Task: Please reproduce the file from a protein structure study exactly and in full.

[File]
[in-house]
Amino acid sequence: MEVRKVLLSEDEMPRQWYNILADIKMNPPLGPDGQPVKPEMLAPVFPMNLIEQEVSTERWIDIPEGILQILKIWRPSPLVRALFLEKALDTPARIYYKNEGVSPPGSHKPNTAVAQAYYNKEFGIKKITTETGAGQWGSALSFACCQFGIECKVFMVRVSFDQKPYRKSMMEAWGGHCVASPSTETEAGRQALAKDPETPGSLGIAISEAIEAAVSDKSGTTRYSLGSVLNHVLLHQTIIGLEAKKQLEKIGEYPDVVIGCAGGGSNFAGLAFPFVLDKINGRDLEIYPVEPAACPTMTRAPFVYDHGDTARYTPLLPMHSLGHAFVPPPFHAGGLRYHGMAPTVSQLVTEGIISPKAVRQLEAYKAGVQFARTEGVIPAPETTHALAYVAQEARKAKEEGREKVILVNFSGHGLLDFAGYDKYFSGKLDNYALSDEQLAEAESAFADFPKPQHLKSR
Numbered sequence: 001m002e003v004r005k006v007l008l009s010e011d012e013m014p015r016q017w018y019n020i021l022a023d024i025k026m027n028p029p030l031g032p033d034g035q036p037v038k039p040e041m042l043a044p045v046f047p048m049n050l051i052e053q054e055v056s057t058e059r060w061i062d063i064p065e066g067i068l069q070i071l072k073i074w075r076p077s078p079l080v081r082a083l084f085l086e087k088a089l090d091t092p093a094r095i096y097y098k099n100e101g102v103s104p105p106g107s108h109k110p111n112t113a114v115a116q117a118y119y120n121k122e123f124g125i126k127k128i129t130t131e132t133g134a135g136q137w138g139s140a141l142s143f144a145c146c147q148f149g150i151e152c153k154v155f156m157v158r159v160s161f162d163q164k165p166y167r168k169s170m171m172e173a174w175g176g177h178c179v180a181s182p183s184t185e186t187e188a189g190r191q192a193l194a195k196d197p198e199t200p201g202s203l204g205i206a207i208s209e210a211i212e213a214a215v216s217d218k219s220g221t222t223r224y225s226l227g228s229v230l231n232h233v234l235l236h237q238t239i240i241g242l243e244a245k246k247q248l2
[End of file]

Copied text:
[in-house]
Amino acid sequence: MEVRKVLLSEDEMPRQWYNILADIKMNPPLGPDGQPVKPEMLAPVFPMNLIEQEVSTERWIDIPEGILQILKIWRPSPLVRALFLEKALDTPARIYYKNEGVSPPGSHKPNTAVAQAYYNKEFGIKKITTETGAGQWGSALSFACCQFGIECKVFMVRVSFDQKPYRKSMMEAWGGHCVASPSTETEAGRQALAKDPETPGSLGIAISEAIEAAVSDKSGTTRYSLGSVLNHVLLHQTIIGLEAKKQLEKIGEYPDVVIGCAGGGSNFAGLAFPFVLDKINGRDLEIYPVEPAACPTMTRAPFVYDHGDTARYTPLLPMHSLGHAFVPPPFHAGGLRYHGMAPTVSQLVTEGIISPKAVRQLEAYKAGVQFARTEGVIPAPETTHALAYVAQEARKAKEEGREKVILVNFSGHGLLDFAGYDKYFSGKLDNYALSDEQLAEAESAFADFPKPQHLKSR
Numbered sequence: 001m002e003v004r005k006v007l008l009s010e011d012e013m014p015r016q017w018y019n020i021l022a023d024i025k026m027n028p029p030l031g032p033d034g035q036p037v038k039p040e041m042l043a044p045v046f047p048m049n050l051i052e053q054e055v056s057t058e059r060w061i062d063i064p065e066g067i068l069q070i071l072k073i074w075r076p077s078p079l080v081r082a083l084f085l086e087k088a089l090d091t092p093a094r095i096y097y098k099n100e101g102v103s104p105p106g107s108h109k110p111n112t113a114v115a116q117a118y119y120n121k122e123f124g125i126k127k128i129t130t131e132t133g134a135g136q137w138g139s140a141l142s143f144a145c146c147q148f149g150i151e152c153k154v155f156m157v158r159v160s161f162d163q164k165p166y167r168k169s170m171m172e173a174w175g176g177h178c179v180a181s182p183s184t185e186t187e188a189g190r191q192a193l194a195k196d197p198e199t200p201g202s203l204g205i206a207i208s209e210a211i212e213a214a215v216s217d218k219s220g221t222t223r224y225s226l227g228s229v230l231n232h233v234l235l236h237q238t239i240i241g242l243e244a245k246k247q248l2